Thursday night’s victory over Wagner was a feel-good moment for first-year UB head coach Maurice Linguist.
The Bulls beat down on D1-FCS opponent Wagner by 62 points, got nearly all its reserves in the game and even saw Linguist mobbed by his players and doused with water in the locker room following the win.
Linguist’s head coaching debut was exactly how UB drew it up: a dominant victory with big smiles and a happy head coach.
But the Bulls must now flip a switch.
UB won’t be playing an inferior FCS opponent.
Instead, the Bulls will pack their bags and hop on a plane to Lincoln, NE, where they will face Big Ten foe Nebraska in front of a raucous Memorial Stadium crowd on Saturday.
It will be Linguist’s first major challenge as the Bulls’ head coach, and he knows it.
“We definitely feel like we’ve got a big task, a big uphill battle in front of us,” Linguist said in a press conference at the Murchie Family Fieldhouse Tuesday afternoon. “Our job is to get ourselves prepared to go play our best football from Week One to Week Two.”
While the Bulls will be making a sizable jump talent-wise from Wagner to Nebraska, UB has experience playing against a Big Ten school in the not-so-distant past.
A handful of Bulls on the current roster (including quarterback Kyle Vantrease and running back Kevin Marks, both seniors) traveled to Happy Valley to play Penn State two years ago. UB lost that game 45-13 to the then 10th-ranked Nittany Lions.
Not only do his upperclassmen have Big Ten experience, but Linguist — who served as a defensive assistant at Iowa State, Minnesota and Michigan — has spent more than three years as a coach in the Power Five conference.
Linguist noted that while he’s coached against Nebraska before, every collegiate team is a revolving door thanks to new recruits and the ever-changing transfer portal.
“Every team has a one-year lifespan and a one-year lifecycle,” Linguist said. “This is going to be a new team that we’re collectively playing together. Although I’ve been on the field coaching against a Nebraska team before, it wasn’t this team. We’re really watching this team for who they are, what they’re about, and then really identifying what we have to do to give ourselves a chance to go out there and be successful.”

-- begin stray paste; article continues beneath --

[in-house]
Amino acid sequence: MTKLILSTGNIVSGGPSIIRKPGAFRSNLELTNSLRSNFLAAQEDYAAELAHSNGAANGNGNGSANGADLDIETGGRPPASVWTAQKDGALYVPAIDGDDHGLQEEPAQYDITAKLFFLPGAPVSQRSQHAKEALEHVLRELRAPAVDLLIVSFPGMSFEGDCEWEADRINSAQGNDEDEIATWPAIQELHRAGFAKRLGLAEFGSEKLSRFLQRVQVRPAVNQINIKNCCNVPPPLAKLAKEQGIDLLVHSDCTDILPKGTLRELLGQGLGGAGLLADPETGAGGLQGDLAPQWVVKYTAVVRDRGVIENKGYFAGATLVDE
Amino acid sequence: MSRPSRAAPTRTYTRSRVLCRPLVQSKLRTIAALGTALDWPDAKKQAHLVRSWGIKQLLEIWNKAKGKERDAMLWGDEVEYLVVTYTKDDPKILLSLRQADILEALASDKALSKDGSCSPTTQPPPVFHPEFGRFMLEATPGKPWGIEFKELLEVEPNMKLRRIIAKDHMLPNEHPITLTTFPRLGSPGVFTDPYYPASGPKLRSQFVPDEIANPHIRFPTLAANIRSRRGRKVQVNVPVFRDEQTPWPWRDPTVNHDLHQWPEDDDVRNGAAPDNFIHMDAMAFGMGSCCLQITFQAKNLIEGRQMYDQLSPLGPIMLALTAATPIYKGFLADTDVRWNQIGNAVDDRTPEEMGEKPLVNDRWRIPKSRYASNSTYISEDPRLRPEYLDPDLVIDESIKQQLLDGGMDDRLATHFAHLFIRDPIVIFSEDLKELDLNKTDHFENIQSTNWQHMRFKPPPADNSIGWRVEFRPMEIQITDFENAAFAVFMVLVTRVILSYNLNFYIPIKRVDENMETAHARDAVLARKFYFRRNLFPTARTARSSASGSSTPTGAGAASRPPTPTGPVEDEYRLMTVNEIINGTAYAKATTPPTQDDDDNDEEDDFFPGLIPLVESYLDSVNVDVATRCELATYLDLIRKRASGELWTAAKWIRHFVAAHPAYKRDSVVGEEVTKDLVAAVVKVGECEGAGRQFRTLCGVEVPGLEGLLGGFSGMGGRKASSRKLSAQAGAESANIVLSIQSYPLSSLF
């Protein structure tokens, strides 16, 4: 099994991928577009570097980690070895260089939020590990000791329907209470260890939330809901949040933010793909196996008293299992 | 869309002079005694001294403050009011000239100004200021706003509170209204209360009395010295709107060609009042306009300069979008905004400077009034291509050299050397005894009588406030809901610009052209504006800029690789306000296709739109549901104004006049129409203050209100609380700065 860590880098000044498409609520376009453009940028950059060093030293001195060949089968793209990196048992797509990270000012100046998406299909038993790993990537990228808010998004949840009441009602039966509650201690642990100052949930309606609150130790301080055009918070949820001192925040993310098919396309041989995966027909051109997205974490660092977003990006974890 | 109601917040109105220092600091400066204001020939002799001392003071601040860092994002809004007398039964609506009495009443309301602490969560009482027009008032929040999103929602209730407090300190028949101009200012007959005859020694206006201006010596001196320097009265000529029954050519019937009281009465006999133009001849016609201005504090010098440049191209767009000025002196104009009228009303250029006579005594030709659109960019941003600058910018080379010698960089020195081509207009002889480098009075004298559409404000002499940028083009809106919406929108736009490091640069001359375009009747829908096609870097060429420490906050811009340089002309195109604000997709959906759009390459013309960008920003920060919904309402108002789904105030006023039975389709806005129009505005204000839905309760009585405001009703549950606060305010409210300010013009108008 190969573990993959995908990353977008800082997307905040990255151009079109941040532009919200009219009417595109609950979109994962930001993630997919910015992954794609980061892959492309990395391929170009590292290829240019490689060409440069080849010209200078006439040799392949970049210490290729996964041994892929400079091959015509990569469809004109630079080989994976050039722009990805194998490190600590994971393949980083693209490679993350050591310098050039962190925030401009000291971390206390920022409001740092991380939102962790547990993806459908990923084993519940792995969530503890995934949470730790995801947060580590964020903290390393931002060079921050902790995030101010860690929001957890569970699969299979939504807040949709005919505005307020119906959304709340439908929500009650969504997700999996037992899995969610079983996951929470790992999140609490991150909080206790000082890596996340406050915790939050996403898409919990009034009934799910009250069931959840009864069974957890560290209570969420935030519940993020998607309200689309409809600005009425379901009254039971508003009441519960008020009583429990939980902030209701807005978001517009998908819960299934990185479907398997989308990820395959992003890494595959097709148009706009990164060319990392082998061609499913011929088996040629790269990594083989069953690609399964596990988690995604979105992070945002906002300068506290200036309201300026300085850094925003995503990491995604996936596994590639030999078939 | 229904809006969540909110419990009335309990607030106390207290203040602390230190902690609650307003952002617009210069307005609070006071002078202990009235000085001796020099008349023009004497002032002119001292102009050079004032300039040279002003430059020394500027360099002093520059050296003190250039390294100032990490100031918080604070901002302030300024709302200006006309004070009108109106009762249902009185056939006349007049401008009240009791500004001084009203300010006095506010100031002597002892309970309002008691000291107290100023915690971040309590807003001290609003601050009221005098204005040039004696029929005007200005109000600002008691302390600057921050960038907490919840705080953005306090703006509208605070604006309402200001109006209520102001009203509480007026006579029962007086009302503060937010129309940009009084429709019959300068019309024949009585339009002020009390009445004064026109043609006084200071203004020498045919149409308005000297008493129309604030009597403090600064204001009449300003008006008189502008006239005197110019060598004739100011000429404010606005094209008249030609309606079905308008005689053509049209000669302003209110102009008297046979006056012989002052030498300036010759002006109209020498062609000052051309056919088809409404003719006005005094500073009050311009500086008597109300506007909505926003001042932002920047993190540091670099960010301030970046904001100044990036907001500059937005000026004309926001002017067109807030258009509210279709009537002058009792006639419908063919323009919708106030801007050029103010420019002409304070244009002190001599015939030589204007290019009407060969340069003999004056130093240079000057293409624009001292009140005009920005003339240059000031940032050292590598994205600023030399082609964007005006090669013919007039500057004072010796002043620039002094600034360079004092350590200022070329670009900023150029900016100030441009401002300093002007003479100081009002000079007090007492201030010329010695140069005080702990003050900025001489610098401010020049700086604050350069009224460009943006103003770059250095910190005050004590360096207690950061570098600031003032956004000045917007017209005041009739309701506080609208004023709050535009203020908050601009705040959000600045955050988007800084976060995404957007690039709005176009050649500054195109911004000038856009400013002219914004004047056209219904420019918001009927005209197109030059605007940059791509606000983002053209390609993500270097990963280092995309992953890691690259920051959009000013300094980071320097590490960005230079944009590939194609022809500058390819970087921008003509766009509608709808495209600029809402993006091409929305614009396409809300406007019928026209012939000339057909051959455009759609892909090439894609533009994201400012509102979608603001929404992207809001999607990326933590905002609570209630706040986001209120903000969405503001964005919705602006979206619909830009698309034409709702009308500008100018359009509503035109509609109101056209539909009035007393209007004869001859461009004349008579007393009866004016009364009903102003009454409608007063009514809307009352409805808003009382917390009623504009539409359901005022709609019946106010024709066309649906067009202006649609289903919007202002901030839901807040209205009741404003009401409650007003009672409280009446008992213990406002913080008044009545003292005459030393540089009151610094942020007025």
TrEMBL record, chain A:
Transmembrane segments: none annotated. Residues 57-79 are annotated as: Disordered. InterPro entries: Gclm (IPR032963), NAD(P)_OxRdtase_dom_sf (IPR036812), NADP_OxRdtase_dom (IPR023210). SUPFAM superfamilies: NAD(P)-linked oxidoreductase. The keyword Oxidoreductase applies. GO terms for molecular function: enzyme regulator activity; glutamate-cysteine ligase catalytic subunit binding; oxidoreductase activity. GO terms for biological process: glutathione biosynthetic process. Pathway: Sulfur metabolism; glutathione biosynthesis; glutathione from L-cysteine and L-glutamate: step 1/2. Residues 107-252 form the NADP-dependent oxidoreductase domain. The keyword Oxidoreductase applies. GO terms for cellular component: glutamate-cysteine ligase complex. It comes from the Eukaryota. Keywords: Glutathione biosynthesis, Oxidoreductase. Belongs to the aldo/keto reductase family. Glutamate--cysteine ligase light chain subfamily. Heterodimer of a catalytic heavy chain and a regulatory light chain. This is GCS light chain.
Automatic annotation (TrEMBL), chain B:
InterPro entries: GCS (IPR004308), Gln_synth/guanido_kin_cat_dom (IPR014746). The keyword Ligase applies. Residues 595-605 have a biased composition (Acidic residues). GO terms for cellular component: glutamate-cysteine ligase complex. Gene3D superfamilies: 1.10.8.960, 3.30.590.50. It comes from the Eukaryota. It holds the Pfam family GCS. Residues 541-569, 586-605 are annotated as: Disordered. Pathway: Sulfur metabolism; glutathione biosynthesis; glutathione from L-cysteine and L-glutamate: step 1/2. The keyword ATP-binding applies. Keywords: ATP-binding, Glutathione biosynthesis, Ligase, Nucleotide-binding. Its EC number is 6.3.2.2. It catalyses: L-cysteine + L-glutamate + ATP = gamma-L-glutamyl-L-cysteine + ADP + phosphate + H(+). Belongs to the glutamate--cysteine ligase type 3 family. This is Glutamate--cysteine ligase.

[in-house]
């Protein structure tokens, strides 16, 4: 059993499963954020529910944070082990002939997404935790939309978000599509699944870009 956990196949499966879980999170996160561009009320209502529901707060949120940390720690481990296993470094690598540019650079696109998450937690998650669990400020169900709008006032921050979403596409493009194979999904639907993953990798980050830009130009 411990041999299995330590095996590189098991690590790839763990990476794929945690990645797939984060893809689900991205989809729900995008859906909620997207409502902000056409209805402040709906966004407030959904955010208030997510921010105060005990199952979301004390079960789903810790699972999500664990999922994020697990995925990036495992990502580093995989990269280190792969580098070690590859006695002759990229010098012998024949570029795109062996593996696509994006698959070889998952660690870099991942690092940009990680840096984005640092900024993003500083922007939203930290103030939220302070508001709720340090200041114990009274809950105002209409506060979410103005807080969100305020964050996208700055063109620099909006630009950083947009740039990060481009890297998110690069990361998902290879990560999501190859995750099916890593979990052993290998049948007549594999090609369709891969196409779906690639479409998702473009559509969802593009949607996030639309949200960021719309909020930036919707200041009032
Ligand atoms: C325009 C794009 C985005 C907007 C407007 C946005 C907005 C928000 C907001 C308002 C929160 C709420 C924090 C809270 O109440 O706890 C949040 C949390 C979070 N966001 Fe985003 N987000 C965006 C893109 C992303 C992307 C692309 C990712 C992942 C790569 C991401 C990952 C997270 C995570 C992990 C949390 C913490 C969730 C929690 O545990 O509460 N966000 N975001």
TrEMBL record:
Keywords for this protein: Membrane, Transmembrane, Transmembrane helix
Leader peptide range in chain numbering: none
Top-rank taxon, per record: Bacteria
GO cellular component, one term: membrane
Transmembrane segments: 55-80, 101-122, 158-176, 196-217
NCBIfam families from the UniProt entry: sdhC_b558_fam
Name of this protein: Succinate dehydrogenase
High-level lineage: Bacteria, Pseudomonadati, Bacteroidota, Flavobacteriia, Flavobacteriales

In their Week One tilt against Wagner, the Bulls played in front of a solid crowd of 13,063 spectators. While the fans provided UB with a nice home-field advantage, that number is minuscule in comparison to Nebraska’s Memorial Stadium, which hosts more than 85,000 fans per game.
The Cornhuskers have sold out 376 games in a row, and that number will jump to 377 when UB comes into town, according to Nebraska Athletic Director Trev Alberts.
In preparation for the raucous Nebraska faithful, Linguist showed his players videos of a packed Memorial Stadium so they can understand what Saturday afternoon might sound like.
He also told his players the moment isn’t too big for them.
The field at UB Stadium has the same measurements as a packed Memorial Stadium, no matter how many people are in attendance, Linguist told his team.
“Those dimensions have not changed,” Linguist said. “The atmosphere and the environment around us can change, but the field hasn’t changed. ‘Let’s stick to the game plan and what’s in front of us in our job responsibilities and what we have to do.’”
UB is heading into Saturday’s contest as 13.5-point underdogs, but Linguist says his team isn’t caught up in how the oddsmakers view the contest.
His team isn’t heading into Lincoln with an “underdog mentality,” he says.
The Bulls want to play true to themselves, blocking out all outside noise — including what the media has to say about them.
“What we want to do is just play the game the way we play the game in our identity, in our brand of football, regardless of who’s on the other side,” Linguist said. “So we let the narrative of the underdogs and all those things be taken care of on the outside of our four walls, but we go back to our systematic approach to how we do things and put ourselves in the best position and mindset to go out there and play our brand of football.”
The Bulls will travel to Memorial Stadium to take on Nebraska Saturday at 3:30 p.m. The game will be broadcast live on the Big Ten Network and on radio at ESPN 1520.
Anthony DeCicco is the senior sports editor for The Spectrum. In his free time, he can be found playing video games, watching ‘90s Knicks games and arguing with people on NBA Twitter at 3 a.m.